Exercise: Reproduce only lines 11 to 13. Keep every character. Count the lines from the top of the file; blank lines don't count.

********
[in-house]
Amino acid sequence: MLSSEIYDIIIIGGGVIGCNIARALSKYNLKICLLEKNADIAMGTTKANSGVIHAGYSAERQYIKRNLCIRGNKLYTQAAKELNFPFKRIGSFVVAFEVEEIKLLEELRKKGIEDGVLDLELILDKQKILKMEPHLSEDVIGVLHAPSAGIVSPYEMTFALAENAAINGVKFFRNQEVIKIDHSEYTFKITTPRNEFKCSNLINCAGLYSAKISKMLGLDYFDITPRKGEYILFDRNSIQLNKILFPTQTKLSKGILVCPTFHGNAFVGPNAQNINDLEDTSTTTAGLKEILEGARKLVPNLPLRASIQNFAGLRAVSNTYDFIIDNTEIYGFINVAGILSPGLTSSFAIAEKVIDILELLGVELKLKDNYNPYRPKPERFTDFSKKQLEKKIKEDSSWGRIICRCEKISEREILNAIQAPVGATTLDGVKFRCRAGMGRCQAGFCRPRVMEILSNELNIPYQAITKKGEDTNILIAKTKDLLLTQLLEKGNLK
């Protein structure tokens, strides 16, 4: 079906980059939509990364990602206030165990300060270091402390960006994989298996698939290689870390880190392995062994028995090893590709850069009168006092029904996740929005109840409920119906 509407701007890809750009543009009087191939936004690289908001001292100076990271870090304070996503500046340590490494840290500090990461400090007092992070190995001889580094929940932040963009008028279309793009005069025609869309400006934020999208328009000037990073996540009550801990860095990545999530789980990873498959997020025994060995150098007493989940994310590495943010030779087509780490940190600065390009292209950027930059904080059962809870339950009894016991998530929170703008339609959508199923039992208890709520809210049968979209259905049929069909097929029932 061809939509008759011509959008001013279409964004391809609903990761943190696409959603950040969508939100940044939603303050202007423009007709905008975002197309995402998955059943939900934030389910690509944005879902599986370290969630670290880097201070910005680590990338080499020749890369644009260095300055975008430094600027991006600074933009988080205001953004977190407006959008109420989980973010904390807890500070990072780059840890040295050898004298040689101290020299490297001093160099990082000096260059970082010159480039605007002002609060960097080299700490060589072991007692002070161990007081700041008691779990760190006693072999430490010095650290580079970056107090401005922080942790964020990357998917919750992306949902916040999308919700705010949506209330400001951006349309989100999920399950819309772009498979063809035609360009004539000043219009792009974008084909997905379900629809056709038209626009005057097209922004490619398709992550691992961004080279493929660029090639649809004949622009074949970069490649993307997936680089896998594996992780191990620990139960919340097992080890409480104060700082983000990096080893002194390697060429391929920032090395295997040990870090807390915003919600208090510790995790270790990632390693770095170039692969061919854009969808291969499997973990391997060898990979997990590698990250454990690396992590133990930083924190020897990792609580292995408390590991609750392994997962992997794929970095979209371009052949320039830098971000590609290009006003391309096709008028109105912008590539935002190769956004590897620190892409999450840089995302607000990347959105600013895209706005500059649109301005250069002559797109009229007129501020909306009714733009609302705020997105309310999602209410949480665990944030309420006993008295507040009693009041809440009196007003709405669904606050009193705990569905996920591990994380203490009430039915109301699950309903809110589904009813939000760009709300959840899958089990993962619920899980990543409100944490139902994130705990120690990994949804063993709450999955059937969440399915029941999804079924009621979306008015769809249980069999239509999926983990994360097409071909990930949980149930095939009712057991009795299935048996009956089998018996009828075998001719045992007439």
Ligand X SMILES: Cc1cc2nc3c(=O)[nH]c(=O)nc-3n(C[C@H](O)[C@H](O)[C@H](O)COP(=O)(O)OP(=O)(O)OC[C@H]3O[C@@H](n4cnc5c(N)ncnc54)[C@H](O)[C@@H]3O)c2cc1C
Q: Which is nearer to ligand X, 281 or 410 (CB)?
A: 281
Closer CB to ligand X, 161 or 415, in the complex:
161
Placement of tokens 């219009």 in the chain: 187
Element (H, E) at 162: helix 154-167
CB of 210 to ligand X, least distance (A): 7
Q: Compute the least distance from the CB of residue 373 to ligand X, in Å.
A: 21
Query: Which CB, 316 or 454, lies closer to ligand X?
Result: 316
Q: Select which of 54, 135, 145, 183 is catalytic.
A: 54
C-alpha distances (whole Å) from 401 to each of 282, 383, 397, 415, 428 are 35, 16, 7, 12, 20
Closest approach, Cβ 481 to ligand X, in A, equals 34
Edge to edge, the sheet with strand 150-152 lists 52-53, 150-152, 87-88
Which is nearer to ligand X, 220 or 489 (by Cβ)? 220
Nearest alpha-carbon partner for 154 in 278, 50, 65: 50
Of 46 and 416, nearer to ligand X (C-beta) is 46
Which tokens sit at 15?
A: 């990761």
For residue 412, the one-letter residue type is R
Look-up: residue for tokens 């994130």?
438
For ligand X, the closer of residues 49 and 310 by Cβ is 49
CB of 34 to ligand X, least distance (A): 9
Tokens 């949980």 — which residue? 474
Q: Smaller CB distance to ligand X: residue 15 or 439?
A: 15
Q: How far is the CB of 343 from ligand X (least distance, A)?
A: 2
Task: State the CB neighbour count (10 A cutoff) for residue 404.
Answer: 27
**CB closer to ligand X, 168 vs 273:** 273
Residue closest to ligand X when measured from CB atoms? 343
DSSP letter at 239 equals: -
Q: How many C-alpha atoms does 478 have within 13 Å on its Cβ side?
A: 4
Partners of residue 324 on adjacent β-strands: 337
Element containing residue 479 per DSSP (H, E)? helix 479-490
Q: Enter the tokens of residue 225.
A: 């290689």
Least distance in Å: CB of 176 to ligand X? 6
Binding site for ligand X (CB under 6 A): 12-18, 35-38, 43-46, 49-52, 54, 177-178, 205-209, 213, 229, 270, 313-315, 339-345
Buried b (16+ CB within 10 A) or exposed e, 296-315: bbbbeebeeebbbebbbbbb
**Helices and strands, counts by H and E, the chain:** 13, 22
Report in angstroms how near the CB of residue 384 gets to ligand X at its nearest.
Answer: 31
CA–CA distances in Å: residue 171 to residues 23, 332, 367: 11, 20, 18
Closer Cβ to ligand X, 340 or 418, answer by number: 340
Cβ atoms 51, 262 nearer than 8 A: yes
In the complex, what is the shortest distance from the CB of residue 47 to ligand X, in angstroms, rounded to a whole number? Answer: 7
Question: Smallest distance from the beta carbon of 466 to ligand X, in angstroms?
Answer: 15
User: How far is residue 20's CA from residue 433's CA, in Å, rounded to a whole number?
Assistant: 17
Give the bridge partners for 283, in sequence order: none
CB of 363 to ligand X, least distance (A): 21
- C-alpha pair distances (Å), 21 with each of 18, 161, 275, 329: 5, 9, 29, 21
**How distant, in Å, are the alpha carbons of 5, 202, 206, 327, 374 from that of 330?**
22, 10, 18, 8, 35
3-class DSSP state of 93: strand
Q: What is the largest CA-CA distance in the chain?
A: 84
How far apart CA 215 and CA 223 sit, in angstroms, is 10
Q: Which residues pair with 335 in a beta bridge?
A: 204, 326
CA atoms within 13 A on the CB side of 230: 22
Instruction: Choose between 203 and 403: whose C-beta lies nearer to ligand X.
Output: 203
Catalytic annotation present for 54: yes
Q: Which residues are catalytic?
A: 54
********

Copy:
CB of 210 to ligand X, least distance (A): 7
Q: Compute the least distance from the CB of residue 373 to ligand X, in Å.
A: 21